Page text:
Manganese, ticks and Lyme disease

22 February 2009

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Category: Research & medical benefits

manganese–tick.jpgWorking with mice, researchers have identified a protein that may help thousands of people in the USA who contract Lyme disease each year. Lyme disease is caused by bacteria that live in the midgut of ticks. It is transmitted when the ticks bite humans and animals. Infection causes fever, tiredness, headache, muscle and joint aches.

The researchers found a metal transporter responsible for the transport of manganese. It is thought that transporters such as these  are essential for the bacteria to establish infection in mammals by recruiting key nutrients.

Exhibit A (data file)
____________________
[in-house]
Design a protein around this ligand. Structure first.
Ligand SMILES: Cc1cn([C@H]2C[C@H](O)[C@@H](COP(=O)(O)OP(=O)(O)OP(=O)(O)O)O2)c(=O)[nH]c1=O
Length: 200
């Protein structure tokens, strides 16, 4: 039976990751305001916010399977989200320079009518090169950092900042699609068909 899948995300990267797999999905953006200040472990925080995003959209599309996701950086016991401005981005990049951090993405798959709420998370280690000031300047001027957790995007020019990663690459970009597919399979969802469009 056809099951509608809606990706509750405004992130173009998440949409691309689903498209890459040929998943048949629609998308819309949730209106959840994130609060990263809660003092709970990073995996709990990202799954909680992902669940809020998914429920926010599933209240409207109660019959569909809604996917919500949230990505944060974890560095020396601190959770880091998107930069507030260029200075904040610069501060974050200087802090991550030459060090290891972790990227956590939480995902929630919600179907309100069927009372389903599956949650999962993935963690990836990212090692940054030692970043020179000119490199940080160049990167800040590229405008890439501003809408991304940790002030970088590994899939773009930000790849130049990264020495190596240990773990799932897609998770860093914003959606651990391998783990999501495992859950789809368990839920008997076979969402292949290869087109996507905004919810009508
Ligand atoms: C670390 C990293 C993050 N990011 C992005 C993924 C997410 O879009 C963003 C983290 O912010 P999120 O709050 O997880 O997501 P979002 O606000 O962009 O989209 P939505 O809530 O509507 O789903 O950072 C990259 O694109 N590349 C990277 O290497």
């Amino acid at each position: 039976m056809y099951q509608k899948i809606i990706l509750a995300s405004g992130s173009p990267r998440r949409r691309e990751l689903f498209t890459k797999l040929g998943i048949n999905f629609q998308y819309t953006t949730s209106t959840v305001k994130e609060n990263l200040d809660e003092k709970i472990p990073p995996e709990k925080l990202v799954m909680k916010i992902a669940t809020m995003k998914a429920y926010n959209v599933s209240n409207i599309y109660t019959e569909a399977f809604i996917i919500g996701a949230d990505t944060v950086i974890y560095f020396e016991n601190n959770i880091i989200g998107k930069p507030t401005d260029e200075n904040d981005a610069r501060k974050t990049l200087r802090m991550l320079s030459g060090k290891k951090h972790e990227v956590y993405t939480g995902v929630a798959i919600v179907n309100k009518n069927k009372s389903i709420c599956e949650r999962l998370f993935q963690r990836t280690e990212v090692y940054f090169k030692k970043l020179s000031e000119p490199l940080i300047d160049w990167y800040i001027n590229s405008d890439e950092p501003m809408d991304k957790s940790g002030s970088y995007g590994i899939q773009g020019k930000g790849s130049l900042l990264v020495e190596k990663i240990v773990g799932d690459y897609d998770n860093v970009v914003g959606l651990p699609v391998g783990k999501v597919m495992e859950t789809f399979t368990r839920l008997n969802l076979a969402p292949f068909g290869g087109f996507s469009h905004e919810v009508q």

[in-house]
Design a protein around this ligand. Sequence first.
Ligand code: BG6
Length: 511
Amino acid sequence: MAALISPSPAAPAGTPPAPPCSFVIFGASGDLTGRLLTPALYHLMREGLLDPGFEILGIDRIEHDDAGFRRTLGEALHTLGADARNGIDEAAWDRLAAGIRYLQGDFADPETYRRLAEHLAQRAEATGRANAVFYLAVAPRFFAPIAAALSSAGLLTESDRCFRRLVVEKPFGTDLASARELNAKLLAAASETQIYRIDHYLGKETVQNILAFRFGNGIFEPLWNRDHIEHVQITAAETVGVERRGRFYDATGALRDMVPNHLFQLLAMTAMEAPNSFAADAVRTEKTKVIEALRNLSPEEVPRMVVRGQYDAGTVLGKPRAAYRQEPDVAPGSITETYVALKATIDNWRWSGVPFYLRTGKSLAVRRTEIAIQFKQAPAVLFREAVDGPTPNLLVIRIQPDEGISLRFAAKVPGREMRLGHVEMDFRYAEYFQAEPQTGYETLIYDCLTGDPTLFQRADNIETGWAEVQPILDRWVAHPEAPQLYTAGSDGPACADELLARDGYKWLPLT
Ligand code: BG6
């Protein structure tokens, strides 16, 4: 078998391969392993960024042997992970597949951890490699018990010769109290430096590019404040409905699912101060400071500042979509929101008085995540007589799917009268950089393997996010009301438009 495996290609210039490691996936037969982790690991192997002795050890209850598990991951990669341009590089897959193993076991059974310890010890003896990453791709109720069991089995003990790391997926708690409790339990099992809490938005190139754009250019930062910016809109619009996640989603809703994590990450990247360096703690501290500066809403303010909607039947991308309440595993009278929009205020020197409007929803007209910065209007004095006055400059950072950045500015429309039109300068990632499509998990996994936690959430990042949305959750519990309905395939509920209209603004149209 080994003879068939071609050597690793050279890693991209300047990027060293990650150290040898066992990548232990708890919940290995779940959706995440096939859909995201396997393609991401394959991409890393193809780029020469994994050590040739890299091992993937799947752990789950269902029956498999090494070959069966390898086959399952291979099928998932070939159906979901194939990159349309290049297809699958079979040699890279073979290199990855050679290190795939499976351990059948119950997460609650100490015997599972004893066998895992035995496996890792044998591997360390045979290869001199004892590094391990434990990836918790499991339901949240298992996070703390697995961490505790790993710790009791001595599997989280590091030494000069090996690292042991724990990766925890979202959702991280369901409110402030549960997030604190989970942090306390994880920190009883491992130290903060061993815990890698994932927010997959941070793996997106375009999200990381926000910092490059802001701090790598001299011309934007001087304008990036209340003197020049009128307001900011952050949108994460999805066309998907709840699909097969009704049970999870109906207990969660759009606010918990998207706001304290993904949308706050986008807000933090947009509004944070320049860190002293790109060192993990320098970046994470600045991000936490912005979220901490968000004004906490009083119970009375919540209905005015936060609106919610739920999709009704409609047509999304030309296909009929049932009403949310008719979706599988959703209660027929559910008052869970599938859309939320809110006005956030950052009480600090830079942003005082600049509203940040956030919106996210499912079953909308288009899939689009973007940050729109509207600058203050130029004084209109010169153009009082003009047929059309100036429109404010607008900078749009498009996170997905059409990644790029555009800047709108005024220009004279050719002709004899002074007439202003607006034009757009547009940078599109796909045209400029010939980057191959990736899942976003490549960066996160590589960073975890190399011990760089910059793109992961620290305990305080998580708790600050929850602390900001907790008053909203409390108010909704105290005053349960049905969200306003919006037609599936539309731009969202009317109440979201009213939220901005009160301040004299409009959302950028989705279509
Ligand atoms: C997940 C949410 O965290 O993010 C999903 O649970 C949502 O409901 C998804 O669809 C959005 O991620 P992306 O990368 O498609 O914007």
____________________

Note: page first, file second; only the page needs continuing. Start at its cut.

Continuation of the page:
When they genetically engineered bacteria to lack the metal transporter, the bacteria could not grow in mice. This discovery may  lead to new strategies for thwarting Lyme disease; the next step is to  understand the importance of manganese in the bacteria.